Ex-Barclay CEO Varley Decided to Split Qatari Fees, Kalaris Says


(Bloomberg) -- Former Barclays Plc Chief Executive Officer John Varley decided to split payments to Qatar into two portions during a fundraising amid the 2008 market meltdown, a former colleague told a jury in London, for the first time identifying the CEO as the person behind the decision.

On Tuesday, former wealth management boss Tom Kalaris opened his testimony by describing his role in helping to save the bank from a U.K. taxpayer bailout. At the time, Kalaris was coordinating a team negotiating with institutional investors, leading to more than 11 billion pounds ($14 billion) raised in capital raisings in June and October 2008.

Qatar became the largest single investor and demanded more than the usual 1.5% in investment commissions, the evidence presented in the case shows. In early June 2008, Kalaris attended a meeting with a senior Qatari official, who said Barclays would have to pay a 3.75% commission in order to secure the Gulf nation’s funds, the banker said in court.

The same afternoon, Kalaris, now 64, took the service elevator to the 31st floor at Barclays’s London headquarters to inform Varley of the demand, he said.

Varley’s “immediate reaction was that he would be prepared to offer value of 3.5%,” Kalaris said. “He required that the underwriting be 1.5% and we would need to get the additional value to the Qataris in a different way.”

The bank used two so-called Advisory Service Agreements to channel another 322 million pounds to the Qataris, and the Serious Fraud Office alleges the ASAs were just a smokescreen. The SFO argue that Kalaris, and fellow defendants Roger Jenkins and Richard Boath illegally hid the fees from investors. The three men deny the accusation. Kalaris said side agreements such as the ASAs “are quite common” in banking and there is nothing wrong with them.

Varley was acquitted of similar charges last year and is not accused of any wrong-doing by prosecutors.

Before Kalaris took to the stand, Jenkins, Barclays’s former Middle East investment banking head, also emphasized Varley’s role during his cross-examination by an SFO attorney. While Jenkins negotiated the investments and ASAs with Qatar, he said Varley was the main person responsible for approving them and was fully aware of all the details and struck relevant parts of the agreements himself.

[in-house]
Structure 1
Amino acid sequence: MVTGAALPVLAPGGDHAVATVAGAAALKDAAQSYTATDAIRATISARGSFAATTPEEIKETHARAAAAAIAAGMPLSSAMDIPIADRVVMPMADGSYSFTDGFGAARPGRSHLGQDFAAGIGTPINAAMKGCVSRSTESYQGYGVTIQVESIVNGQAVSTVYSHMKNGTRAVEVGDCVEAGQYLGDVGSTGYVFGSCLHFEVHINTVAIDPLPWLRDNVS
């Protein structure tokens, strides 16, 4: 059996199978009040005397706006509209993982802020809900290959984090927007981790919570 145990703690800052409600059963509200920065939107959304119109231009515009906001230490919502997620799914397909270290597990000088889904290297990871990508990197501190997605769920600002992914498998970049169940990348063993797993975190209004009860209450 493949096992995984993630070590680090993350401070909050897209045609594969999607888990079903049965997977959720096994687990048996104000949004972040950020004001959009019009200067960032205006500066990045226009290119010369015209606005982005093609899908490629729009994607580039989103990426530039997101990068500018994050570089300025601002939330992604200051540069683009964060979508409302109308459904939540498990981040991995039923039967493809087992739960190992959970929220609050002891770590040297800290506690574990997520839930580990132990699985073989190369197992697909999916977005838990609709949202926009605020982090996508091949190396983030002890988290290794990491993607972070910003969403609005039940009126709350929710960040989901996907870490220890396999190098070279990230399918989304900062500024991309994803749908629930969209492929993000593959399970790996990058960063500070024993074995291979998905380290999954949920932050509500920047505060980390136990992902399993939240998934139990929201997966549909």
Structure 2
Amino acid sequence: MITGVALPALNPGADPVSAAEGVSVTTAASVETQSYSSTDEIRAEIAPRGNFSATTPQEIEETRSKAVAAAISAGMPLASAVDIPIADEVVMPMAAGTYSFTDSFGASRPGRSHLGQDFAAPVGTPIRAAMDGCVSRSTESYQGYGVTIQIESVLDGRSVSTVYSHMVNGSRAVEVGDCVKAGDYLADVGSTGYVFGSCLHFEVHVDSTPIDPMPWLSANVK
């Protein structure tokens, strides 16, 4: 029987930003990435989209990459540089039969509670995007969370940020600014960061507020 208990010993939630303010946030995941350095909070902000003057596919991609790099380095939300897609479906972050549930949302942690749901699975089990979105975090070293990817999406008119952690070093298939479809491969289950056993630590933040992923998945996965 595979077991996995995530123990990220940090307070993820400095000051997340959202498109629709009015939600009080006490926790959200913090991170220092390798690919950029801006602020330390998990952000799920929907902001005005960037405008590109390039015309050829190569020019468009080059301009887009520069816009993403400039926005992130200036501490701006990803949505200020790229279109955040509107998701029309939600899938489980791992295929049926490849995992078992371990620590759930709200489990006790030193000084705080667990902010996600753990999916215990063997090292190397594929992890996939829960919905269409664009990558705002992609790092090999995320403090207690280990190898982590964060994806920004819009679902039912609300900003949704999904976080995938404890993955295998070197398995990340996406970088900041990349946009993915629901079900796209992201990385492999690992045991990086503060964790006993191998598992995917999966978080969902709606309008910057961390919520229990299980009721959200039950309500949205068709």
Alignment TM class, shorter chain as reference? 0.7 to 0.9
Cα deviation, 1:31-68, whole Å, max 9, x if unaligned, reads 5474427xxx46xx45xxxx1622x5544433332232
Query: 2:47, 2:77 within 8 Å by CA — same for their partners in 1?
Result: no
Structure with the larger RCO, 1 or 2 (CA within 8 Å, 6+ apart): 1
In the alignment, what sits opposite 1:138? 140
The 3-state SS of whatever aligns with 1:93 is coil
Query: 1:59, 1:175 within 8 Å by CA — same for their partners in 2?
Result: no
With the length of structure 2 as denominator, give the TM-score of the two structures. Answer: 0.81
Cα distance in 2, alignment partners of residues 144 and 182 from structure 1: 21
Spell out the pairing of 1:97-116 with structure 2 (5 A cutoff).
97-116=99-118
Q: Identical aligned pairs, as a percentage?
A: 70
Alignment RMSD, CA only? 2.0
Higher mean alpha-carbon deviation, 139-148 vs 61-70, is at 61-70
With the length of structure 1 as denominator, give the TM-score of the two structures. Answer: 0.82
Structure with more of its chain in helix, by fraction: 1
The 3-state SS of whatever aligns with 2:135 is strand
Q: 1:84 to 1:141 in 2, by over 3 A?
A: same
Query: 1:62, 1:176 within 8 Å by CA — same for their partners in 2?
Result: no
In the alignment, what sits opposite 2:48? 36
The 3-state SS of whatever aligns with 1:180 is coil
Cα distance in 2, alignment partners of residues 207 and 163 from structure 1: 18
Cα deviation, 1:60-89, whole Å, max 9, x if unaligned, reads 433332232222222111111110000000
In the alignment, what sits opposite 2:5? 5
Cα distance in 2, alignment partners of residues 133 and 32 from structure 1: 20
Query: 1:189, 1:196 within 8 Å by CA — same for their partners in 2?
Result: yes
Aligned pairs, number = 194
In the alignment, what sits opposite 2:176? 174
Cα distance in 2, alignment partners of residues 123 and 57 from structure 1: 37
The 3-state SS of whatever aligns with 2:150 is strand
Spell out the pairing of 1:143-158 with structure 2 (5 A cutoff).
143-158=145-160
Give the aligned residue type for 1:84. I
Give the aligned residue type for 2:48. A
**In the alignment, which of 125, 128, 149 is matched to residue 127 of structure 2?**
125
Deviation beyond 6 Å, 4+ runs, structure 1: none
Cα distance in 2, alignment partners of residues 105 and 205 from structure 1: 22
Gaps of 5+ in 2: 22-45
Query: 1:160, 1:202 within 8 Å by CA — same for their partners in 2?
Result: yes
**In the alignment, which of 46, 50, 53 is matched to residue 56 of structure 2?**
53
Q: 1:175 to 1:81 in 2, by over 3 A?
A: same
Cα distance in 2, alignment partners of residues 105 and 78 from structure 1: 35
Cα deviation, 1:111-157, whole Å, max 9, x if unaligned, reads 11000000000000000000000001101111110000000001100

“In October, Mr. Varley was my director,” Jenkins said, referring to the period when the second ASA agreement was struck. “I was living in his office, I was living in his ante-room. I’m not sure who Mr. Varley is misleading on the deal on the night of the 24th. I was on my way to Los Angeles when he did the deal.” When the Qataris asked for more money days later, the bank agreed and “it was a Mr. Varley decision,” Jenkins said. “I don’t have that authority. He has the authority, not I.”

SFO attorney Ed Brown said the Barclays board didn’t disclose the fees in capital raising prospectuses, because Jenkins misled it. Contrary to Jenkins’s assertions, there was no plan for Qatar to deliver actual services to the bank under the ASAs, Brown said.

“You, together with others, intentionally used the board without their knowledge to make the false representations,” Brown said to Jenkins. “I suggest that if you hadn’t delivered that disguise, the mechanism, the board would never have put out false representations.”

Jenkins said external and internal lawyers, former investment banking head Bob Diamond and board members had a complete picture of the arrangements and approved them. None of them have been accused of any wrongdoing.

“These agreements had tremendous upside and they are genuine,” Jenkins said. “And if they were genuine, I was telling the truth and I am telling the truth.”

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